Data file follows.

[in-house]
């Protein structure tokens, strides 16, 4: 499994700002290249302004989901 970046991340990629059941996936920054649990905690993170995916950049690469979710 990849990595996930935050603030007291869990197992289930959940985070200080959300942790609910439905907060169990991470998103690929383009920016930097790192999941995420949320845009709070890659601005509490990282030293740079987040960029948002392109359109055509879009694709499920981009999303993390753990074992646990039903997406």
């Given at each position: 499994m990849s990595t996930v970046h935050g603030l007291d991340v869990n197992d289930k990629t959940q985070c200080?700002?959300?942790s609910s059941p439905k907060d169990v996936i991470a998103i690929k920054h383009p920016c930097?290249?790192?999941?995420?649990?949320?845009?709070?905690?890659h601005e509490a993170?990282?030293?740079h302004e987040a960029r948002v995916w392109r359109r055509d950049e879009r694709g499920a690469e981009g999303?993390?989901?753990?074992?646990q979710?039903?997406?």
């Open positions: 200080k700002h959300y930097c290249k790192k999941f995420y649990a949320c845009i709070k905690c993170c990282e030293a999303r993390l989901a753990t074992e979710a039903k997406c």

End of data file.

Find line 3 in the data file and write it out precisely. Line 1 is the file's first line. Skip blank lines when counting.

């Given at each position: 499994m990849s990595t996930v970046h935050g603030l007291d991340v869990n197992d289930k990629t959940q985070c200080?700002?959300?942790s609910s059941p439905k907060d169990v996936i991470a998103i690929k920054h383009p920016c930097?290249?790192?999941?995420?649990?949320?845009?709070?905690?890659h601005e509490a993170?990282?030293?740079h302004e987040a960029r948002v995916w392109r359109r055509d950049e879009r694709g499920a690469e981009g999303?993390?989901?753990?074992?646990q979710?039903?997406?």